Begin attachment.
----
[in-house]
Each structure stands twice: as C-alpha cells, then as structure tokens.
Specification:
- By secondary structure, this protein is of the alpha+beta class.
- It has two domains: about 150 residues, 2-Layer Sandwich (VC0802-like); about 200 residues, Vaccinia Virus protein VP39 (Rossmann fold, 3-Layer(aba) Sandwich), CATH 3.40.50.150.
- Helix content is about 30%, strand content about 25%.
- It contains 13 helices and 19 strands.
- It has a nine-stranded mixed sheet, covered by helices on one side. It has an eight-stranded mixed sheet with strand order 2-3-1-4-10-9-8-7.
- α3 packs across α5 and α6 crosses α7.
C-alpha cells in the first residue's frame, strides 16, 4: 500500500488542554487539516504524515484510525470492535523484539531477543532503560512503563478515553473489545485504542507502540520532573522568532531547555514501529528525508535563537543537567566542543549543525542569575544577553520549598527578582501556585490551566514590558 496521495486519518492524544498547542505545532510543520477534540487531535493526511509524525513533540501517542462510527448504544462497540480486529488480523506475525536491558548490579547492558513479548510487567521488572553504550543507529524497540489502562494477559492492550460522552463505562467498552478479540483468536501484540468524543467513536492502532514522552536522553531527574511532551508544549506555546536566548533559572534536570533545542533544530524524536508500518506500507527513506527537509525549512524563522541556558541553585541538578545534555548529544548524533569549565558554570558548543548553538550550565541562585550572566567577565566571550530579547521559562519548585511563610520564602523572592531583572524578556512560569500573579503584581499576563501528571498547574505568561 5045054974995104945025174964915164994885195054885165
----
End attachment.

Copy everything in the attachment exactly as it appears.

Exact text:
[in-house]
Each structure stands twice: as C-alpha cells, then as structure tokens.
Specification:
- By secondary structure, this protein is of the alpha+beta class.
- It has two domains: about 150 residues, 2-Layer Sandwich (VC0802-like); about 200 residues, Vaccinia Virus protein VP39 (Rossmann fold, 3-Layer(aba) Sandwich), CATH 3.40.50.150.
- Helix content is about 30%, strand content about 25%.
- It contains 13 helices and 19 strands.
- It has a nine-stranded mixed sheet, covered by helices on one side. It has an eight-stranded mixed sheet with strand order 2-3-1-4-10-9-8-7.
- α3 packs across α5 and α6 crosses α7.
C-alpha cells in the first residue's frame, strides 16, 4: 500500500488542554487539516504524515484510525470492535523484539531477543532503560512503563478515553473489545485504542507502540520532573522568532531547555514501529528525508535563537543537567566542543549543525542569575544577553520549598527578582501556585490551566514590558 496521495486519518492524544498547542505545532510543520477534540487531535493526511509524525513533540501517542462510527448504544462497540480486529488480523506475525536491558548490579547492558513479548510487567521488572553504550543507529524497540489502562494477559492492550460522552463505562467498552478479540483468536501484540468524543467513536492502532514522552536522553531527574511532551508544549506555546536566548533559572534536570533545542533544530524524536508500518506500507527513506527537509525549512524563522541556558541553585541538578545534555548529544548524533569549565558554570558548543548553538550550565541562585550572566567577565566571550530579547521559562519548585511563610520564602523572592531583572524578556512560569500573579503584581499576563501528571498547574505568561 5045054974995104945025174964915164994885195054885165